The first week of Wimbledon 2016 is now in the books after a rare Sunday’s play. The tournament saw play on Middle Sunday for the first time since 2004 due to many a rain delay throughout the week, providing the opportunity for fans to get onto Centre Court without queuing as all tickets were sold online.
French Open Champions Vanquished
There is no doubt what the biggest story of the tournament is so far and that is Novak Djokovic losing in the first week of a slam for the first time since the 2009 French Open. All looked to be going to plan for the World No.1 and his run for the career grand slam after early round wins over James Ward and Adrian Mannarino and everyone expected the same would happen against Sam Querrey in round three.
Djokovic found himself down two sets at the close of play on Friday, much like his match again Kevin Anderson last year. There were rumours surrounding his Saturday morning training session that he didn’t look 100% but an early break for Djokovic to begin made it seem like it was all set for the champion to win in five and when he served for the fourth set it seemed even more likely. However, he would fail to serve it out and it would go to a tiebreak. Djokovic twice held minibreak leads but he failed to hold on to them. Down 4-5, a forehand long gave Querrey two match points points. The first was saved but Djokovic couldn’t rescue the second, with a uncharacteristic forehand wide giving Sam Querrey the biggest victory of his life.
While all the focus was on Djokovic as expected, Garbine Muguruza also found herself on the losing end in week one and again to a surprise opponent in Jana Cepelova. While Cepelova made a name for herself last year in defeating Simona Halep, she has never been seen as a grass expert despite now having two top 5 wins on the surface. While Muguruza was a Wimbledon finalist last year, many felt that grass was her weakest surface and that it was her all round game along with a draw of softer hitters that aided her route to the final. Muguruza had lost in her one warm up match to Kirsten Flipkens in Mallorca but it was still seen as a surprise for her to depart so early having won her maiden slam in Paris.
Long matches are nothing new at Wimbledon with the difficulties some have in breaking serve on grass. Annika Beck and Lucie Safarova both earned 12-10 victories in the final set on the women’s side but the story of Sunday was the lengthy final set between John Isner and Jo-Wilfried Tsonga. Long matches are nothing new for the American who is most famous for his Mahut match here and it was him who had the first opportunity to take the match at 16-15 up. He failed to do so and not long after, Tsonga would break and hold for a 19-17 victory in the final set to make the second week. Less notably, Gilles Muller and Matthew Barton won fifth sets 15-13 and 14-12 respectively while Sam Querrey’s 12-10 over Rosol wasn’t even the most enthralling match he had all week.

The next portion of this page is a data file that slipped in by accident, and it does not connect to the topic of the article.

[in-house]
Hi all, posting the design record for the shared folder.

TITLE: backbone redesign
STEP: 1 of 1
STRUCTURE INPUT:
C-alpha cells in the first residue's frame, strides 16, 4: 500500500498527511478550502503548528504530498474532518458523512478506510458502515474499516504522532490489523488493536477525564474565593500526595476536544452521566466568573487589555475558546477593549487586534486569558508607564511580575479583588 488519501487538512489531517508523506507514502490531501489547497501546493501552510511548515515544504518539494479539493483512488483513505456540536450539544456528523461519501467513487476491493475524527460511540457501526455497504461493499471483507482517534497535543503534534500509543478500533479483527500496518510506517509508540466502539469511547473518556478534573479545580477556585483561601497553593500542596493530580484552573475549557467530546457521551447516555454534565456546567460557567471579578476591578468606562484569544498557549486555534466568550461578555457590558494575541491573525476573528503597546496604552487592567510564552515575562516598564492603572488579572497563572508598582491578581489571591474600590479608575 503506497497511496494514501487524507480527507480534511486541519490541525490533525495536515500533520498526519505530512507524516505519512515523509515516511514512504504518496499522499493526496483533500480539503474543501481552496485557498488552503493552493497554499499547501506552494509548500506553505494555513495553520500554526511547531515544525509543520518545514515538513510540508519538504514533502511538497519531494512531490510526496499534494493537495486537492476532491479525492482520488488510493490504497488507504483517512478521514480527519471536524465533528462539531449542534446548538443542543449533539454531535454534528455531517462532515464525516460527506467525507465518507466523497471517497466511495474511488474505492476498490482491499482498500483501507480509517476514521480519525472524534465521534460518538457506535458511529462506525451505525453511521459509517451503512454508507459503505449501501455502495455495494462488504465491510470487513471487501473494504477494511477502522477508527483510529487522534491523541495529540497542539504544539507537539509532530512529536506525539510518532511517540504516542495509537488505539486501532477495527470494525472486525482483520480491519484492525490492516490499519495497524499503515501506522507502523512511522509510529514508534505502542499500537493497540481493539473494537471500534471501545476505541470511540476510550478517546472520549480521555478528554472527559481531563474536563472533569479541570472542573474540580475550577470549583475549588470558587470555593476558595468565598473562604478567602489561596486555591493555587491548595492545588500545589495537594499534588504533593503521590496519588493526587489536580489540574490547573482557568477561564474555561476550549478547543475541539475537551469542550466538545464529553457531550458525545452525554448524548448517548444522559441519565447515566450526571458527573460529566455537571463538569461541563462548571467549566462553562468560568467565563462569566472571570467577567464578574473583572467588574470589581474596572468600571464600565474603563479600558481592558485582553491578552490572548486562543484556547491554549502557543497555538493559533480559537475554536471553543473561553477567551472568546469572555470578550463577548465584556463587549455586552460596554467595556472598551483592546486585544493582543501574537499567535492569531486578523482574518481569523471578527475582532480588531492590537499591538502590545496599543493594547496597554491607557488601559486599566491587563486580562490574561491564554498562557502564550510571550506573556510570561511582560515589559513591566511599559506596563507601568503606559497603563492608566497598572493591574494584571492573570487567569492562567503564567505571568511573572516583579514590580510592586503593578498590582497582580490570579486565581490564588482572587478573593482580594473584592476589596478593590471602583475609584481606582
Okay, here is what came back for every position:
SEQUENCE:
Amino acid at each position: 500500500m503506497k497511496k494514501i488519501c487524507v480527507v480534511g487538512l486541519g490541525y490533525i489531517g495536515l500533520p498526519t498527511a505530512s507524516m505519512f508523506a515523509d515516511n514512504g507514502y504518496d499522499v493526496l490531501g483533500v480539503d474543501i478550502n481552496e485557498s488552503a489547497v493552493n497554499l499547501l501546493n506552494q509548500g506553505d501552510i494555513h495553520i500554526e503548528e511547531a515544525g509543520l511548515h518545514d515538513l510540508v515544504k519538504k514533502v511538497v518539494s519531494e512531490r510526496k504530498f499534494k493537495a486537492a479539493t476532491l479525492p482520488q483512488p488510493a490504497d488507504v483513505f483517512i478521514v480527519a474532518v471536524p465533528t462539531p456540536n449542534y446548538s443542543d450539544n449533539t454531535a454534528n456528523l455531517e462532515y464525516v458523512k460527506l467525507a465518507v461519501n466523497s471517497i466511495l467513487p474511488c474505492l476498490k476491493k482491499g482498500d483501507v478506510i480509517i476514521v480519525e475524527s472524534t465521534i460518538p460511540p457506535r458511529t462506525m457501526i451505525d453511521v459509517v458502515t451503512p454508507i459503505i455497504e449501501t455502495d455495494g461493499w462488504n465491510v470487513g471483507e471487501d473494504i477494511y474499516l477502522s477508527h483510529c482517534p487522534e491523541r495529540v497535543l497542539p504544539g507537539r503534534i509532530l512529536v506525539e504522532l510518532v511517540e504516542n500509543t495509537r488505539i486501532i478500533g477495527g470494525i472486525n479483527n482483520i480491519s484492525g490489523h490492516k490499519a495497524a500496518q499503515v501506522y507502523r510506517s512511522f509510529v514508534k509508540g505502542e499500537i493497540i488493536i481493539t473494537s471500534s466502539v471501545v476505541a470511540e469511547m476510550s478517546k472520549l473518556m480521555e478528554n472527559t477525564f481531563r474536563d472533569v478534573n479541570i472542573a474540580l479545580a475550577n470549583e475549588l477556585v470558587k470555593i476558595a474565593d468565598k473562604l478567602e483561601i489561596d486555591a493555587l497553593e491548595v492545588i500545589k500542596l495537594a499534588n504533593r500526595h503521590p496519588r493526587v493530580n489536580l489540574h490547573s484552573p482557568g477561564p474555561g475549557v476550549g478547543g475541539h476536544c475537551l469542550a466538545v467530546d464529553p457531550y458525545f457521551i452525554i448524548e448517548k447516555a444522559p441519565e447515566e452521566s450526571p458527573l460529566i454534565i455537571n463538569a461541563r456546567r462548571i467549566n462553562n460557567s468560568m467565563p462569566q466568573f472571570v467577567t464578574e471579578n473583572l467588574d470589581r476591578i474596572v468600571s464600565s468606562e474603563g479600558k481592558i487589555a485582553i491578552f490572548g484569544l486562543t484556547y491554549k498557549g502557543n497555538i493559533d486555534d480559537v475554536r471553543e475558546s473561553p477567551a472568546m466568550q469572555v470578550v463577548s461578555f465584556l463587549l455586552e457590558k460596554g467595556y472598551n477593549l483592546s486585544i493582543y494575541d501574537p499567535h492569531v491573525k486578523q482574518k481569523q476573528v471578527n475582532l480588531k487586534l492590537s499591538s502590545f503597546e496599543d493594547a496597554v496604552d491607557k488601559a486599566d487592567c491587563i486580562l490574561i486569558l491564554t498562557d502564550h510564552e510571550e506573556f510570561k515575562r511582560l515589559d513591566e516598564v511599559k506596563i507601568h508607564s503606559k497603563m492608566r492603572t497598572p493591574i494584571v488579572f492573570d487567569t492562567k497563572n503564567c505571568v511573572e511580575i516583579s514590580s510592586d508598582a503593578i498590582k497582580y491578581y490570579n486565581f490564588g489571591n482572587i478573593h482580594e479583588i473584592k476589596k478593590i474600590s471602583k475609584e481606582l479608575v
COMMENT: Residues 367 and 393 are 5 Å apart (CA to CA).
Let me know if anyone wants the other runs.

No.18 or Murray Glory Again?
While Novak Djokovic losing early was a huge story in itself, it also will bring a lot of intrigue on who takes advantage to win. Andy Murray has been the losing finalist in both slams this year while Roger Federer was the losing finalist at Wimbledon in each of the past two years. Murray is now the heavy favourite with the bookmakers will need to navigate a route to the final that probably looks like this – Kyrgios, Tsonga and Tomas Berdych.
Meanwhile, Federer has been able to ease into week two with one of the easiest draws about. He will still likely need to beat Milos Raonic and Kei Nishikori but it is a draw that provides him with one of his best chances ever to win 18 if he is now fully fit.
Serena Williams is having somewhat of a crisis right now, facing the possibility of going into the US Open without a slam title on her year record for the first tournament since the 2011 US Open. It sounds ridiculous that someone with two finals and a semi final to her name in the last three slams is suffering a ‘crisis’ but that is down to the exceptional level that Serena has held throughout her career.
Serena will always be the heavy favourite but will be relieved to see the a number of the players who have troubled her recently are out. Victoria Azarenka withdrew pre-tournament while Garbine Muguruza‘s loss has already been covered above. Petra Kvitova is a two time champion but disappointed once more to erase the chance of a potential semi final with Serena.
If Serena does make the final and with it the opportunity to pick up slam 22, there are a number of intriguing matchups from a Australian Open rematch with Angelique Kerber to Madison Keys, who has long been heralded as one of the top future stars of a post-Serena generation. Venus Williams is still going at 36 and is by no means out of the running to book another historic clash with her sister. Carla Suarez Navarro and probably Lucie Safarova stand between her and a place in the semi finals.